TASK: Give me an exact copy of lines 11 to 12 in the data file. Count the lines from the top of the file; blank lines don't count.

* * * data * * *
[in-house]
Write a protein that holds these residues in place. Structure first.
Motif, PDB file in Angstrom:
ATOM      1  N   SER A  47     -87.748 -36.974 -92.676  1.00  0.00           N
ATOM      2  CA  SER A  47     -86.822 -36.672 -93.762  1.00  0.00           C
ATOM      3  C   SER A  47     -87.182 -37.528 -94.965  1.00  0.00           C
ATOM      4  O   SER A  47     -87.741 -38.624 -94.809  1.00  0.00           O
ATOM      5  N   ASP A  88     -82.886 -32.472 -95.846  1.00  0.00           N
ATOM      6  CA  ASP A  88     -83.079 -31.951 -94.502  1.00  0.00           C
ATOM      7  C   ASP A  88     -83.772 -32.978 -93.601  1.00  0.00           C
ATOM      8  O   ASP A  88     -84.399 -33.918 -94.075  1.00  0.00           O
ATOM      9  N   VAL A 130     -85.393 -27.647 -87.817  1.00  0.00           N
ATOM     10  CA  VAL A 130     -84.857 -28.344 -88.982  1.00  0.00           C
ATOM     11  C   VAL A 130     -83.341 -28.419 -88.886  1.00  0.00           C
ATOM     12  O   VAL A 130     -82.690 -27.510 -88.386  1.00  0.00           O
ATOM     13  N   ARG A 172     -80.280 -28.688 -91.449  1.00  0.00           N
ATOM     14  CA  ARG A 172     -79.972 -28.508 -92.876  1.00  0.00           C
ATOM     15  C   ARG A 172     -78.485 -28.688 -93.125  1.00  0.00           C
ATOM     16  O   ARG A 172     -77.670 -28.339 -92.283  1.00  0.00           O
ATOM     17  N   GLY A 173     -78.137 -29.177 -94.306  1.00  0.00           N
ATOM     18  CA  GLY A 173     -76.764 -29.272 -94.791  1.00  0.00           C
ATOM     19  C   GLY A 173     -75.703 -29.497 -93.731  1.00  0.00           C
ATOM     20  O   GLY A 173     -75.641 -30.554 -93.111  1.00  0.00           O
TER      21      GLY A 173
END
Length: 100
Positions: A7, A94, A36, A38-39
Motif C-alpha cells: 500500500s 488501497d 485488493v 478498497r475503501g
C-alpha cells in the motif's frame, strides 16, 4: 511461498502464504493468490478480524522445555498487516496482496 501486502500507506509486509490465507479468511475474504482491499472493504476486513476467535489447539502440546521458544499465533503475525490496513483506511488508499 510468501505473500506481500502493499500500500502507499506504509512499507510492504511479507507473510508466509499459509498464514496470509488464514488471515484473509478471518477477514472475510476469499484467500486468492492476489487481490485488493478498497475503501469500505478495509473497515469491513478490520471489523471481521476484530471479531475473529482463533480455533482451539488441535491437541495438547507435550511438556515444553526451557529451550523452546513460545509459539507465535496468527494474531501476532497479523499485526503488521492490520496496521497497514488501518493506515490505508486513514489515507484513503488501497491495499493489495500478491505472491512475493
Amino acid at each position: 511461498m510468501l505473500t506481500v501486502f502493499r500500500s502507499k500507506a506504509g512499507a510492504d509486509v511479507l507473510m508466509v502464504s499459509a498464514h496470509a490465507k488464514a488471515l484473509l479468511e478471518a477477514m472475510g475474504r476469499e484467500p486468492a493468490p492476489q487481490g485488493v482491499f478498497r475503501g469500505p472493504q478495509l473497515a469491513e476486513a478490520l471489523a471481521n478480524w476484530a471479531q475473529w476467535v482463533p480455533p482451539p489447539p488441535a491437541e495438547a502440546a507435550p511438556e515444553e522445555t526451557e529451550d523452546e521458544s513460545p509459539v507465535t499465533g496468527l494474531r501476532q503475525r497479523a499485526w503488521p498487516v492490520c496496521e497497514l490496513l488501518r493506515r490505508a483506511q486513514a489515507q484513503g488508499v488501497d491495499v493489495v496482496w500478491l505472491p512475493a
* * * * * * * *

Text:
ATOM      8  O   ASP A  88     -84.399 -33.918 -94.075  1.00  0.00           O
ATOM      9  N   VAL A 130     -85.393 -27.647 -87.817  1.00  0.00           N